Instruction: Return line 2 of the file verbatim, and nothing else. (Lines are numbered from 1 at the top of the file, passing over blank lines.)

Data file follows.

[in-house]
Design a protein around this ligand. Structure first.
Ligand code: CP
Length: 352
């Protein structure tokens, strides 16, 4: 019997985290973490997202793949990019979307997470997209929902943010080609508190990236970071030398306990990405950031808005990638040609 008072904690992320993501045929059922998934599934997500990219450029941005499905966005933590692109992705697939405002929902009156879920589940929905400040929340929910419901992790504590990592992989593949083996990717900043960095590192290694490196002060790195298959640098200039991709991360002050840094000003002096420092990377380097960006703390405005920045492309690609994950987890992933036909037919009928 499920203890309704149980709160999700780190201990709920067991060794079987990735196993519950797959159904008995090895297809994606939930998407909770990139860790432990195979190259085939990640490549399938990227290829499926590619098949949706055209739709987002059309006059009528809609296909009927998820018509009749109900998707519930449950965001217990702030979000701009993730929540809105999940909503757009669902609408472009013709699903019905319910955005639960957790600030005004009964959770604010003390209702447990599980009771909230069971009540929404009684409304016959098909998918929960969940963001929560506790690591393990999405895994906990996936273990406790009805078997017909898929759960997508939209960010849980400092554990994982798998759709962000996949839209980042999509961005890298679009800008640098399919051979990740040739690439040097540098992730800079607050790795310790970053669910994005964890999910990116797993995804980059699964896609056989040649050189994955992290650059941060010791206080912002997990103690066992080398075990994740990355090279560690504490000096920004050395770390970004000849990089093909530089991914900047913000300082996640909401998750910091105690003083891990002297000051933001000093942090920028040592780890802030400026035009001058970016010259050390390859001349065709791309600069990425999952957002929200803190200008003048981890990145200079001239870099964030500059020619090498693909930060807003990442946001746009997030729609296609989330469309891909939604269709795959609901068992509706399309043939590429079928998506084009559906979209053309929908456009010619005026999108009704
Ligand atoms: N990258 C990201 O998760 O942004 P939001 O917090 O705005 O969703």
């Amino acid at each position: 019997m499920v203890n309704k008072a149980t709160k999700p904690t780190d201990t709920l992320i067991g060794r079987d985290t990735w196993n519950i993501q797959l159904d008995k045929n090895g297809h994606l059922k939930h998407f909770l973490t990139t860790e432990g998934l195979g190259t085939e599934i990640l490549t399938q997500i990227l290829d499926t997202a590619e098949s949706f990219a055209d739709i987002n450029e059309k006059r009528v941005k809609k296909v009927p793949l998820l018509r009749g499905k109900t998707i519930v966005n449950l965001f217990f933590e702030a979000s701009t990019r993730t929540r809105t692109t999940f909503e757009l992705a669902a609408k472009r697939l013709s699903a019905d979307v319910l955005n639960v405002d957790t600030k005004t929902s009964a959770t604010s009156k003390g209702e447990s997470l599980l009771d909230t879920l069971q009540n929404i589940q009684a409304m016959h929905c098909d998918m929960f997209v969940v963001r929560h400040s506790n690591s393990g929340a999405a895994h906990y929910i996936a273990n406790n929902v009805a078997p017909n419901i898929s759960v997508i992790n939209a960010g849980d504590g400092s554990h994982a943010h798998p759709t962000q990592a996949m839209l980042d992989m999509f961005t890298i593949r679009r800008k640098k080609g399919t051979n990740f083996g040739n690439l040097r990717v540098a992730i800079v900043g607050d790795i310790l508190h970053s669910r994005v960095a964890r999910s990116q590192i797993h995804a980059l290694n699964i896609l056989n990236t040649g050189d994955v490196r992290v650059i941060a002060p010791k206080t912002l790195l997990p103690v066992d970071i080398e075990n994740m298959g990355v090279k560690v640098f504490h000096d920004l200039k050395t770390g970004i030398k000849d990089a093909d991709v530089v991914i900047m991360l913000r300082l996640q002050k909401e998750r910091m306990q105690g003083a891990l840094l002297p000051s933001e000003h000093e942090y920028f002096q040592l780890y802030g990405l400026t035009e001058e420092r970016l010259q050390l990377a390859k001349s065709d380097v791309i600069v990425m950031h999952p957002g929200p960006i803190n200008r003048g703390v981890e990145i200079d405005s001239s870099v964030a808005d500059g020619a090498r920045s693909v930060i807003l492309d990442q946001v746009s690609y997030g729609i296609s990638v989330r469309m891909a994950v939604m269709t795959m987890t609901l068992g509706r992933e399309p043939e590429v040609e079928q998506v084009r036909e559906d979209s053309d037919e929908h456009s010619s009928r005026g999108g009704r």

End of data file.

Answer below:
Design a protein around this ligand. Structure first.